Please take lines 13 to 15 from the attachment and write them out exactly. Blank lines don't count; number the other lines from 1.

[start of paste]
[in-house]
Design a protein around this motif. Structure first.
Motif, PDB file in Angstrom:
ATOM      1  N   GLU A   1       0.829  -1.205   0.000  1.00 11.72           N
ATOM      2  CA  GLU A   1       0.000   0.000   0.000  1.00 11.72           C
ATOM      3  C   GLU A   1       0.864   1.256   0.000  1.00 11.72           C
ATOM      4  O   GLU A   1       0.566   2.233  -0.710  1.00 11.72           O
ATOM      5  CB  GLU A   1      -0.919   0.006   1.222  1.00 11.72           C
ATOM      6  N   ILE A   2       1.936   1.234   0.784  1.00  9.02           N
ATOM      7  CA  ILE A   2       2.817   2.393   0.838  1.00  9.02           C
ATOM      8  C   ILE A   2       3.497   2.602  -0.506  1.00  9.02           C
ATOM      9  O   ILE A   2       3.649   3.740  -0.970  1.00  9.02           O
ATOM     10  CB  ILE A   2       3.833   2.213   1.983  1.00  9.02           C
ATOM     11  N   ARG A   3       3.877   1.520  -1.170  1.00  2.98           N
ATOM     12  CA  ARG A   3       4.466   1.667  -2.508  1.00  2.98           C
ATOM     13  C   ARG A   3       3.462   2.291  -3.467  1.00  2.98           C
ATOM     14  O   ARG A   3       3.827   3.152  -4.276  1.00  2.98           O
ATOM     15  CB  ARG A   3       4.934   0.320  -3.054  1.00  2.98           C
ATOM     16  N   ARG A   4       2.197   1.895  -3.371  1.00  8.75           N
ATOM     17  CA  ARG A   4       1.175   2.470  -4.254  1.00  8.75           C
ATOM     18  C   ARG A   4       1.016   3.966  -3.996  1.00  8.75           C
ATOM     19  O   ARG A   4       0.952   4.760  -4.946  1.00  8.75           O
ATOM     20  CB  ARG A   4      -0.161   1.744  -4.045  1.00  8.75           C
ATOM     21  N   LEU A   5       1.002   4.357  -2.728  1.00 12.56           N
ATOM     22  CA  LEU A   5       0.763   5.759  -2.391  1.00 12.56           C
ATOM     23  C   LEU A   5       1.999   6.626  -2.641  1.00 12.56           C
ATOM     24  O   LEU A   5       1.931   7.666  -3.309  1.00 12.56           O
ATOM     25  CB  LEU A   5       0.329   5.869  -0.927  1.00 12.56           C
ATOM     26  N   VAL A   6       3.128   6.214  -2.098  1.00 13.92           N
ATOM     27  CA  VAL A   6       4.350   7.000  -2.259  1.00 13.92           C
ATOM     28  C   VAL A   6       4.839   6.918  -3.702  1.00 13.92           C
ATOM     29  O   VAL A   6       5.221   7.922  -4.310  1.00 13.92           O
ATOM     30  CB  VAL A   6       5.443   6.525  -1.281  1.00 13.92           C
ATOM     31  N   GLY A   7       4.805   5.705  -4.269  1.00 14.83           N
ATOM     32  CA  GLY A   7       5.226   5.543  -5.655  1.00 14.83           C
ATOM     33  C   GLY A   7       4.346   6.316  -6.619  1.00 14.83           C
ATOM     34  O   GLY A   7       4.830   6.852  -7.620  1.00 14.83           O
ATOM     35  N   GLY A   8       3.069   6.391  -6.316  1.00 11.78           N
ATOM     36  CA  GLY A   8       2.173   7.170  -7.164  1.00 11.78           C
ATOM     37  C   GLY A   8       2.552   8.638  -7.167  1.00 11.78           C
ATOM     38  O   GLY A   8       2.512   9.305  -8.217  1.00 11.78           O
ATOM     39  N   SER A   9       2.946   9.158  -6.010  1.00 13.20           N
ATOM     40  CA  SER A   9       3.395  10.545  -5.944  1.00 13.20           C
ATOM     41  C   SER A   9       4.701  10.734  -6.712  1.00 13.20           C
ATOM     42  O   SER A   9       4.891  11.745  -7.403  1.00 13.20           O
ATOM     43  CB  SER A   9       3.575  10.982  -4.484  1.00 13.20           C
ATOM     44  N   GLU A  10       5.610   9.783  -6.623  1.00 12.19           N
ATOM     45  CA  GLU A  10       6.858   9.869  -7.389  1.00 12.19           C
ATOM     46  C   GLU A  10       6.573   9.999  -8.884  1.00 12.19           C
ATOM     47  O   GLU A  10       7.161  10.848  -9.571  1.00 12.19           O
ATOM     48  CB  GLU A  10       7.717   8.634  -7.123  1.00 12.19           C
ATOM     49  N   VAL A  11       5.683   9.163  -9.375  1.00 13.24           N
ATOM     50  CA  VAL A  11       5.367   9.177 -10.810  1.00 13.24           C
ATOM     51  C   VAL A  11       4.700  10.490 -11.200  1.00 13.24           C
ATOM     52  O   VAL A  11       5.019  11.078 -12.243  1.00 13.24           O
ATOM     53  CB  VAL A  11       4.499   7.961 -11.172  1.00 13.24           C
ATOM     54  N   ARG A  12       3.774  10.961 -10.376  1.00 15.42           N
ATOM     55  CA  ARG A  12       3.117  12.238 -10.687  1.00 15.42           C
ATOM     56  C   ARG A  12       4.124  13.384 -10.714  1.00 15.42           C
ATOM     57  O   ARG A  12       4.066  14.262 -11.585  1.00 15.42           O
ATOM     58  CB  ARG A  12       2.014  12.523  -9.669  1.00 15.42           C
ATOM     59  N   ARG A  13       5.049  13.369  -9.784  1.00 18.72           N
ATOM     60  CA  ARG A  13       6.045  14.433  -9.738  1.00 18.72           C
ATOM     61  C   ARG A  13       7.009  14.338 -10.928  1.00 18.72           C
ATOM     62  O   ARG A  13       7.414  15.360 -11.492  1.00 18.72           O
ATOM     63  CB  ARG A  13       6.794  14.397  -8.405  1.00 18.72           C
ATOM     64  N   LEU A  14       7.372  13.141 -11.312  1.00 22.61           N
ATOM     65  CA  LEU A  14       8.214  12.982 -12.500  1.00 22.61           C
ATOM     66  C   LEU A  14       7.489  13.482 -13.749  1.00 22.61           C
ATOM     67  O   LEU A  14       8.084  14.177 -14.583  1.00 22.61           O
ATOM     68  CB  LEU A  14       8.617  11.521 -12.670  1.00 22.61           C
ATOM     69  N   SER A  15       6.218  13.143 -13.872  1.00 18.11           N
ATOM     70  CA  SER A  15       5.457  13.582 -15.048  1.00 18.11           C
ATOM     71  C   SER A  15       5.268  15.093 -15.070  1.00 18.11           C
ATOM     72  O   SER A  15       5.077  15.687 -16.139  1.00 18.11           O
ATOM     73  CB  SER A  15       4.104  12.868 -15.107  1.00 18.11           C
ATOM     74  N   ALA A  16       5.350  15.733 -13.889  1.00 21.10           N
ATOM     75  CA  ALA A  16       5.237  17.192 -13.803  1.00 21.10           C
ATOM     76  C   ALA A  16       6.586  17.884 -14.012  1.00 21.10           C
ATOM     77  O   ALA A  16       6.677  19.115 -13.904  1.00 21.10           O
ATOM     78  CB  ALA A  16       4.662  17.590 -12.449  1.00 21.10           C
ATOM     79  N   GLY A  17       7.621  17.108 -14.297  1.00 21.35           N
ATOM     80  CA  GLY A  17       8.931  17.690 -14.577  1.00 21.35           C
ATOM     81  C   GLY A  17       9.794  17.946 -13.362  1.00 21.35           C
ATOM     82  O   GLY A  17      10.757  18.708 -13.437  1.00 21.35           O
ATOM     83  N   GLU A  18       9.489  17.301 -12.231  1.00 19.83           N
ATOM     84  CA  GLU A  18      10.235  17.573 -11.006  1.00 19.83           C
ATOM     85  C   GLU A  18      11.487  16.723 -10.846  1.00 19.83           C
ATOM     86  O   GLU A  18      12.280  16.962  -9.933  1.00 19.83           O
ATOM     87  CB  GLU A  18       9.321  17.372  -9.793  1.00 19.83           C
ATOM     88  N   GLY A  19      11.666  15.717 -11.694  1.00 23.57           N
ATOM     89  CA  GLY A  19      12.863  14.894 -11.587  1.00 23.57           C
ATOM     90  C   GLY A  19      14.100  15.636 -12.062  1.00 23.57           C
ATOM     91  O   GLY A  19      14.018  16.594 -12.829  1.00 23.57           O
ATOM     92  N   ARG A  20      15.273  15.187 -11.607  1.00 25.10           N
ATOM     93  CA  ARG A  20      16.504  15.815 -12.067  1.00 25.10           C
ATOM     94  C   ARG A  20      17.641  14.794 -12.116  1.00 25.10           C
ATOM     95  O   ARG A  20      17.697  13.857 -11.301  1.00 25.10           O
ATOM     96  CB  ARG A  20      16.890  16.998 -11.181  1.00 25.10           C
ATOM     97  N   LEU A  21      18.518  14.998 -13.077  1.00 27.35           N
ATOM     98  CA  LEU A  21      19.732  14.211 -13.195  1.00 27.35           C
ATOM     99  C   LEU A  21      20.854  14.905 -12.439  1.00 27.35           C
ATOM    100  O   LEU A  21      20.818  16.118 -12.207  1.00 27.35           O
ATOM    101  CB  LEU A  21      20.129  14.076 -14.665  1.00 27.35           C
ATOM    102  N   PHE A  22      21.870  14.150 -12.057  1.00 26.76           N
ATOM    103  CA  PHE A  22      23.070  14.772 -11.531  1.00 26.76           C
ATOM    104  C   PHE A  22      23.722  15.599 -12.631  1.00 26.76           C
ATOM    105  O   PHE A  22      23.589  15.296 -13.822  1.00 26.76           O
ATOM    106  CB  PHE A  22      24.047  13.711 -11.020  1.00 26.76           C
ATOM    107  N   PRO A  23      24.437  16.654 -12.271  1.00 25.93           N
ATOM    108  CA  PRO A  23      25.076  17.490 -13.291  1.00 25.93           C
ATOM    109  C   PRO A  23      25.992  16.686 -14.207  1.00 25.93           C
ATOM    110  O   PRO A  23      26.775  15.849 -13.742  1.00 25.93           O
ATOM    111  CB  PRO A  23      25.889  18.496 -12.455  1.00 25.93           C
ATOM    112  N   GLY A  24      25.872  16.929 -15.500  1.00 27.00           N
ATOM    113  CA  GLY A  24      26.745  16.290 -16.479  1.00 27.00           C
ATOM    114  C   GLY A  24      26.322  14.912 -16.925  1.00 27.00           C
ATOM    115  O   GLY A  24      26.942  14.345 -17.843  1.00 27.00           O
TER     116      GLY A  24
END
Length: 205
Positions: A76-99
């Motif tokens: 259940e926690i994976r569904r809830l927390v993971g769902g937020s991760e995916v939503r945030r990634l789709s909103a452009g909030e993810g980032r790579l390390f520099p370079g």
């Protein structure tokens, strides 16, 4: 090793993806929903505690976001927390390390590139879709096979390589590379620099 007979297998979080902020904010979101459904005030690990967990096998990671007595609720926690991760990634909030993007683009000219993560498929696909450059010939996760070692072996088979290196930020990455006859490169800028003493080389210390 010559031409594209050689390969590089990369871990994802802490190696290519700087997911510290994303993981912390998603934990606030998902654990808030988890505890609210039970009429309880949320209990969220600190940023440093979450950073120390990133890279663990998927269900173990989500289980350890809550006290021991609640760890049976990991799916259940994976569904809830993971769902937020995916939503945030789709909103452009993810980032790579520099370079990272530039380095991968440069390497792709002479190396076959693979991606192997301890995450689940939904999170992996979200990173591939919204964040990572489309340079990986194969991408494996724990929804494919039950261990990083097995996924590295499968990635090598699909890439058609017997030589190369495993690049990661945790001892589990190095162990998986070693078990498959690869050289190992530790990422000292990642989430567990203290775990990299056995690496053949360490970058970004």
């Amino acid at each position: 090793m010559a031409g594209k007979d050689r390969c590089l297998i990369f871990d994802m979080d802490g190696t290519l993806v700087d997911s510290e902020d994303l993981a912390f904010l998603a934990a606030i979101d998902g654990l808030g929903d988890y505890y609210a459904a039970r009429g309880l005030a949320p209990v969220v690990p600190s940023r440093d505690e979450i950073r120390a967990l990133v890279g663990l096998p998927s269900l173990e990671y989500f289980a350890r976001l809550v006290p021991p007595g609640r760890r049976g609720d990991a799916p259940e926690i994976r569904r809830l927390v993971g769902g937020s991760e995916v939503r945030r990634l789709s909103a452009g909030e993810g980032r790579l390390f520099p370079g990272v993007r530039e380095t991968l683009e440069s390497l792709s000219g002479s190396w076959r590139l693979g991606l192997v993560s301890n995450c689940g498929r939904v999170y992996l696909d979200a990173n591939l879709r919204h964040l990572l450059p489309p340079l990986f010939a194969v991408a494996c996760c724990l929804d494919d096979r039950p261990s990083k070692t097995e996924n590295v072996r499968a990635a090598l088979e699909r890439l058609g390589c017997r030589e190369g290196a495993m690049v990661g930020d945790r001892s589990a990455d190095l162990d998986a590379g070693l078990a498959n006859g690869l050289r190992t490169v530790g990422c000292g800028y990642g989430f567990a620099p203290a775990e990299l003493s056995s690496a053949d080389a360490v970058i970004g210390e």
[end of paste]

ATOM     10  CB  ILE A   2       3.833   2.213   1.983  1.00  9.02           C
ATOM     11  N   ARG A   3       3.877   1.520  -1.170  1.00  2.98           N
ATOM     12  CA  ARG A   3       4.466   1.667  -2.508  1.00  2.98           C